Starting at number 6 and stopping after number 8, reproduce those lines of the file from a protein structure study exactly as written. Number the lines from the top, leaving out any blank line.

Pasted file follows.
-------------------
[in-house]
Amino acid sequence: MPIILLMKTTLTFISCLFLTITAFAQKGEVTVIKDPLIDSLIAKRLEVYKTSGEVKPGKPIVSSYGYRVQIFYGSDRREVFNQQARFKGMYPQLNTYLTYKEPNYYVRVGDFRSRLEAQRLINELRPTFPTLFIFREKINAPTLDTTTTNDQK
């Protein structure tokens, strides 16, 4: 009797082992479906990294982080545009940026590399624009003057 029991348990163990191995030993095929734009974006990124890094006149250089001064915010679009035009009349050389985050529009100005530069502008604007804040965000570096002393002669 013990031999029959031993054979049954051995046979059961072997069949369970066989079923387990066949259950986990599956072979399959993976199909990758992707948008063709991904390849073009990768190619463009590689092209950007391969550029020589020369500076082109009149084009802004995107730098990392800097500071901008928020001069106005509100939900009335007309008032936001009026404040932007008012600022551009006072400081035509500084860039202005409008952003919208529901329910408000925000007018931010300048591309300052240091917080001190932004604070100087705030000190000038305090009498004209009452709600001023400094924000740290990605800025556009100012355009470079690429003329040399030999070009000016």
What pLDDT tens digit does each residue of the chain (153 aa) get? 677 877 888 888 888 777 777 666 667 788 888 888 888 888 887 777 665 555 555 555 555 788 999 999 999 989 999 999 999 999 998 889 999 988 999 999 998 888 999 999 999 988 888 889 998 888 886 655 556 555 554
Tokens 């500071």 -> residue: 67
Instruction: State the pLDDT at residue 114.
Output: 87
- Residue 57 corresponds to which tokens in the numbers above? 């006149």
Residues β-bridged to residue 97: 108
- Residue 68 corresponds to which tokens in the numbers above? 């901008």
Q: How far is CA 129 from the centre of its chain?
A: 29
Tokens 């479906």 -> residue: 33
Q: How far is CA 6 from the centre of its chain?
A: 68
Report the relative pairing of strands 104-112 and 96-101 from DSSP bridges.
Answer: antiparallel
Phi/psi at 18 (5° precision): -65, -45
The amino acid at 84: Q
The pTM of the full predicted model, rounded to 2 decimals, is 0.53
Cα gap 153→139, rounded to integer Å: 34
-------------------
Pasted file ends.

Instruction: State the pLDDT at residue 114.
Output: 87
- Residue 57 corresponds to which tokens in the numbers above? 């006149």